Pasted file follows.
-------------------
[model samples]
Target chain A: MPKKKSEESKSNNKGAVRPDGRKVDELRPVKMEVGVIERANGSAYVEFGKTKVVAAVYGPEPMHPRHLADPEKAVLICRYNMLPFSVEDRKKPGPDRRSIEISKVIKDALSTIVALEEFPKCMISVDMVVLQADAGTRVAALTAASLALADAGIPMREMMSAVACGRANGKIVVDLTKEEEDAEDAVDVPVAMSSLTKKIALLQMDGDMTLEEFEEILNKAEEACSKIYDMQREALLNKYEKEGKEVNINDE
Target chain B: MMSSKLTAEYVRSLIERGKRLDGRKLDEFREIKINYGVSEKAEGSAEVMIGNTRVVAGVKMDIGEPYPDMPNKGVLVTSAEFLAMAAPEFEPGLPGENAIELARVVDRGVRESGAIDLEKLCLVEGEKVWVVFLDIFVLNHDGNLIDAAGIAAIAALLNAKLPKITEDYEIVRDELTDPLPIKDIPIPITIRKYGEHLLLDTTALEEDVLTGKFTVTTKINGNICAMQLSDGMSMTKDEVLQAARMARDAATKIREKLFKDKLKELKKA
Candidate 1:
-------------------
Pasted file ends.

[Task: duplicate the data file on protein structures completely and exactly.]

[model samples]
Target chain A: MPKKKSEESKSNNKGAVRPDGRKVDELRPVKMEVGVIERANGSAYVEFGKTKVVAAVYGPEPMHPRHLADPEKAVLICRYNMLPFSVEDRKKPGPDRRSIEISKVIKDALSTIVALEEFPKCMISVDMVVLQADAGTRVAALTAASLALADAGIPMREMMSAVACGRANGKIVVDLTKEEEDAEDAVDVPVAMSSLTKKIALLQMDGDMTLEEFEEILNKAEEACSKIYDMQREALLNKYEKEGKEVNINDE
Target chain B: MMSSKLTAEYVRSLIERGKRLDGRKLDEFREIKINYGVSEKAEGSAEVMIGNTRVVAGVKMDIGEPYPDMPNKGVLVTSAEFLAMAAPEFEPGLPGENAIELARVVDRGVRESGAIDLEKLCLVEGEKVWVVFLDIFVLNHDGNLIDAAGIAAIAALLNAKLPKITEDYEIVRDELTDPLPIKDIPIPITIRKYGEHLLLDTTALEEDVLTGKFTVTTKINGNICAMQLSDGMSMTKDEVLQAARMARDAATKIREKLFKDKLKELKKA
Candidate 1: